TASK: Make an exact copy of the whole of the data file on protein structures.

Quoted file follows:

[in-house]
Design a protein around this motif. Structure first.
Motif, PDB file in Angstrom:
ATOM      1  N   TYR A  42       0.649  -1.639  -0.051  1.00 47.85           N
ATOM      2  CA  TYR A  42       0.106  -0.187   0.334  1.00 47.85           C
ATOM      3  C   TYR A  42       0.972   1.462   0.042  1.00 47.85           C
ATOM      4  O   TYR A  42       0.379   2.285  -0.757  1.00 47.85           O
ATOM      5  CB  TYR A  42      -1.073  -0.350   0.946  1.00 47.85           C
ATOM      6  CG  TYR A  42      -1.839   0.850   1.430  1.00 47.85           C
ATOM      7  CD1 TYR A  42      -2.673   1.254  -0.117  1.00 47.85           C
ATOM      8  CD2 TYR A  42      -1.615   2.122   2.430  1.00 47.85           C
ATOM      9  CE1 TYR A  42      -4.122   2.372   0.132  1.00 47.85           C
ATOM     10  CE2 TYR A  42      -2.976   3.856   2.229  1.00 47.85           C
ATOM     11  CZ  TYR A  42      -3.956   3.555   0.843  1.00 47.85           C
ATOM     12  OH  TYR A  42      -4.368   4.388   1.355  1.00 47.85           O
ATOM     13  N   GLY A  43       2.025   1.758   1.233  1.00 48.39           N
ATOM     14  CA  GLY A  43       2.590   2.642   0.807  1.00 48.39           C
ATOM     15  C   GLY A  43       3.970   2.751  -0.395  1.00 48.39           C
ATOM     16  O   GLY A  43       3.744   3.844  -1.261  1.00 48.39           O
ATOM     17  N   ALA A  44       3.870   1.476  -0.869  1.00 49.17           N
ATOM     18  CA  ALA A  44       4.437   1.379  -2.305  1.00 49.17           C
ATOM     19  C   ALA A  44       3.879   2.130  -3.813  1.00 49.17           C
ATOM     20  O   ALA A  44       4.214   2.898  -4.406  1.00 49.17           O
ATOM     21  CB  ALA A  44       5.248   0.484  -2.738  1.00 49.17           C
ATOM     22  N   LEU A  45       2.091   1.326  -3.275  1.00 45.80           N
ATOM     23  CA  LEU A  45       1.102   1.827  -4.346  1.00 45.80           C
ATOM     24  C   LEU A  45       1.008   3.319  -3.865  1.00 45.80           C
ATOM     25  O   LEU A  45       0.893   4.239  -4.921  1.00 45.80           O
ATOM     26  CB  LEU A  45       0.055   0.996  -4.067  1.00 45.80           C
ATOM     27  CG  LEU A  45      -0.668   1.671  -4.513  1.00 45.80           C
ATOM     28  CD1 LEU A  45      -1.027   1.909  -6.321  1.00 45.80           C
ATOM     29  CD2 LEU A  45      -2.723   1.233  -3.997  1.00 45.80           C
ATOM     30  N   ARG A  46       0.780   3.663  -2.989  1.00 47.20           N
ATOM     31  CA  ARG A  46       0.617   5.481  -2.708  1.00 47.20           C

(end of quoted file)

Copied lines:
[in-house]
Design a protein around this motif. Structure first.
Motif, PDB file in Angstrom:
ATOM      1  N   TYR A  42       0.649  -1.639  -0.051  1.00 47.85           N
ATOM      2  CA  TYR A  42       0.106  -0.187   0.334  1.00 47.85           C
ATOM      3  C   TYR A  42       0.972   1.462   0.042  1.00 47.85           C
ATOM      4  O   TYR A  42       0.379   2.285  -0.757  1.00 47.85           O
ATOM      5  CB  TYR A  42      -1.073  -0.350   0.946  1.00 47.85           C
ATOM      6  CG  TYR A  42      -1.839   0.850   1.430  1.00 47.85           C
ATOM      7  CD1 TYR A  42      -2.673   1.254  -0.117  1.00 47.85           C
ATOM      8  CD2 TYR A  42      -1.615   2.122   2.430  1.00 47.85           C
ATOM      9  CE1 TYR A  42      -4.122   2.372   0.132  1.00 47.85           C
ATOM     10  CE2 TYR A  42      -2.976   3.856   2.229  1.00 47.85           C
ATOM     11  CZ  TYR A  42      -3.956   3.555   0.843  1.00 47.85           C
ATOM     12  OH  TYR A  42      -4.368   4.388   1.355  1.00 47.85           O
ATOM     13  N   GLY A  43       2.025   1.758   1.233  1.00 48.39           N
ATOM     14  CA  GLY A  43       2.590   2.642   0.807  1.00 48.39           C
ATOM     15  C   GLY A  43       3.970   2.751  -0.395  1.00 48.39           C
ATOM     16  O   GLY A  43       3.744   3.844  -1.261  1.00 48.39           O
ATOM     17  N   ALA A  44       3.870   1.476  -0.869  1.00 49.17           N
ATOM     18  CA  ALA A  44       4.437   1.379  -2.305  1.00 49.17           C
ATOM     19  C   ALA A  44       3.879   2.130  -3.813  1.00 49.17           C
ATOM     20  O   ALA A  44       4.214   2.898  -4.406  1.00 49.17           O
ATOM     21  CB  ALA A  44       5.248   0.484  -2.738  1.00 49.17           C
ATOM     22  N   LEU A  45       2.091   1.326  -3.275  1.00 45.80           N
ATOM     23  CA  LEU A  45       1.102   1.827  -4.346  1.00 45.80           C
ATOM     24  C   LEU A  45       1.008   3.319  -3.865  1.00 45.80           C
ATOM     25  O   LEU A  45       0.893   4.239  -4.921  1.00 45.80           O
ATOM     26  CB  LEU A  45       0.055   0.996  -4.067  1.00 45.80           C
ATOM     27  CG  LEU A  45      -0.668   1.671  -4.513  1.00 45.80           C
ATOM     28  CD1 LEU A  45      -1.027   1.909  -6.321  1.00 45.80           C
ATOM     29  CD2 LEU A  45      -2.723   1.233  -3.997  1.00 45.80           C
ATOM     30  N   ARG A  46       0.780   3.663  -2.989  1.00 47.20           N
ATOM     31  CA  ARG A  46       0.617   5.481  -2.708  1.00 47.20           C